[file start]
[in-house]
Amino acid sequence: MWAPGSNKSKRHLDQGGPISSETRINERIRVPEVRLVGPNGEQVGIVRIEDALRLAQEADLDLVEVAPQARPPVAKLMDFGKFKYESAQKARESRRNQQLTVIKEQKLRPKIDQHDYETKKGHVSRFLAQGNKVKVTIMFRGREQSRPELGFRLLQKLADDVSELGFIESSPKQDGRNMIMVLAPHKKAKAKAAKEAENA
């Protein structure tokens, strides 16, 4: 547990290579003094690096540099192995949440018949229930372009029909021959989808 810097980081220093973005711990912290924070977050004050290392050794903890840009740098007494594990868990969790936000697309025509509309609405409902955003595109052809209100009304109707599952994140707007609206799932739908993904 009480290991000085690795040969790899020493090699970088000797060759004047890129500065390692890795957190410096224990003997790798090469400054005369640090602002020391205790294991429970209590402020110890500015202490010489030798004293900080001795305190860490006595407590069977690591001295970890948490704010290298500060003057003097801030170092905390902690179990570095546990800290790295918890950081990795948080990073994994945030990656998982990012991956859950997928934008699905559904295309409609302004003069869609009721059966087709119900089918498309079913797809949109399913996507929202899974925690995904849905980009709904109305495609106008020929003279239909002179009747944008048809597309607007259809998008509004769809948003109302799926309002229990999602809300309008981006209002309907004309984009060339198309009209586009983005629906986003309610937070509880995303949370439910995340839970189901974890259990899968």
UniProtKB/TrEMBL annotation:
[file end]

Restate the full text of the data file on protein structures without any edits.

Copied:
[in-house]
Amino acid sequence: MWAPGSNKSKRHLDQGGPISSETRINERIRVPEVRLVGPNGEQVGIVRIEDALRLAQEADLDLVEVAPQARPPVAKLMDFGKFKYESAQKARESRRNQQLTVIKEQKLRPKIDQHDYETKKGHVSRFLAQGNKVKVTIMFRGREQSRPELGFRLLQKLADDVSELGFIESSPKQDGRNMIMVLAPHKKAKAKAAKEAENA
């Protein structure tokens, strides 16, 4: 547990290579003094690096540099192995949440018949229930372009029909021959989808 810097980081220093973005711990912290924070977050004050290392050794903890840009740098007494594990868990969790936000697309025509509309609405409902955003595109052809209100009304109707599952994140707007609206799932739908993904 009480290991000085690795040969790899020493090699970088000797060759004047890129500065390692890795957190410096224990003997790798090469400054005369640090602002020391205790294991429970209590402020110890500015202490010489030798004293900080001795305190860490006595407590069977690591001295970890948490704010290298500060003057003097801030170092905390902690179990570095546990800290790295918890950081990795948080990073994994945030990656998982990012991956859950997928934008699905559904295309409609302004003069869609009721059966087709119900089918498309079913797809949109399913996507929202899974925690995904849905980009709904109305495609106008020929003279239909002179009747944008048809597309607007259809998008509004769809948003109302799926309002229990999602809300309008981006209002309907004309984009060339198309009209586009983005629906986003309610937070509880995303949370439910995340839970189901974890259990899968």
UniProtKB/TrEMBL annotation: